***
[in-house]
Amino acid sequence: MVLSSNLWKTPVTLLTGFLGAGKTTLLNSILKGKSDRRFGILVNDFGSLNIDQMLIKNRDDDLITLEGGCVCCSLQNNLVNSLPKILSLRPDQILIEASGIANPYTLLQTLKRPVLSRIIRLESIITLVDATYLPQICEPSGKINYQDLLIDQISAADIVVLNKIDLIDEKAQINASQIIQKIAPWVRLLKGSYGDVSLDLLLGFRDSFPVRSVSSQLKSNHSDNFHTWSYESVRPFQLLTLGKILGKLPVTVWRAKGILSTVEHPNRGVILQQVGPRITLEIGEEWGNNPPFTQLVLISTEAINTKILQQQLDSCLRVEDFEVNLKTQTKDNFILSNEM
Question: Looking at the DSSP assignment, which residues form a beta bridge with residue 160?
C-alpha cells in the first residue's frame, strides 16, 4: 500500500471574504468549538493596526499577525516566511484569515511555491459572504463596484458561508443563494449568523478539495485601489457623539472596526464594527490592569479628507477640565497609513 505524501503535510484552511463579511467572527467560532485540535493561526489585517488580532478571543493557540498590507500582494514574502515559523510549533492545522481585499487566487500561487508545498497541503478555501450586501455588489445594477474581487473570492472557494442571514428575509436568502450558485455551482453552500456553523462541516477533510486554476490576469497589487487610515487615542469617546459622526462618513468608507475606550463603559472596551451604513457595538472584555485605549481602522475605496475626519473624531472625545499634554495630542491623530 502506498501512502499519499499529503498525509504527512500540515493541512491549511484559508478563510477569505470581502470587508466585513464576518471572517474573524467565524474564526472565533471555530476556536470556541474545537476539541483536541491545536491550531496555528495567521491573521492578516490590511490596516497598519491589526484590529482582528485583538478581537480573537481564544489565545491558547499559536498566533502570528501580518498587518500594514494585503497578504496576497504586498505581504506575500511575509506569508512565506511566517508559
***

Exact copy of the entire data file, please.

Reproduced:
[in-house]
Amino acid sequence: MVLSSNLWKTPVTLLTGFLGAGKTTLLNSILKGKSDRRFGILVNDFGSLNIDQMLIKNRDDDLITLEGGCVCCSLQNNLVNSLPKILSLRPDQILIEASGIANPYTLLQTLKRPVLSRIIRLESIITLVDATYLPQICEPSGKINYQDLLIDQISAADIVVLNKIDLIDEKAQINASQIIQKIAPWVRLLKGSYGDVSLDLLLGFRDSFPVRSVSSQLKSNHSDNFHTWSYESVRPFQLLTLGKILGKLPVTVWRAKGILSTVEHPNRGVILQQVGPRITLEIGEEWGNNPPFTQLVLISTEAINTKILQQQLDSCLRVEDFEVNLKTQTKDNFILSNEM
Question: Looking at the DSSP assignment, which residues form a beta bridge with residue 160?
C-alpha cells in the first residue's frame, strides 16, 4: 500500500471574504468549538493596526499577525516566511484569515511555491459572504463596484458561508443563494449568523478539495485601489457623539472596526464594527490592569479628507477640565497609513 505524501503535510484552511463579511467572527467560532485540535493561526489585517488580532478571543493557540498590507500582494514574502515559523510549533492545522481585499487566487500561487508545498497541503478555501450586501455588489445594477474581487473570492472557494442571514428575509436568502450558485455551482453552500456553523462541516477533510486554476490576469497589487487610515487615542469617546459622526462618513468608507475606550463603559472596551451604513457595538472584555485605549481602522475605496475626519473624531472625545499634554495630542491623530 502506498501512502499519499499529503498525509504527512500540515493541512491549511484559508478563510477569505470581502470587508466585513464576518471572517474573524467565524474564526472565533471555530476556536470556541474545537476539541483536541491545536491550531496555528495567521491573521492578516490590511490596516497598519491589526484590529482582528485583538478581537480573537481564544489565545491558547499559536498566533502570528501580518498587518500594514494585503497578504496576497504586498505581504506575500511575509506569508512565506511566517508559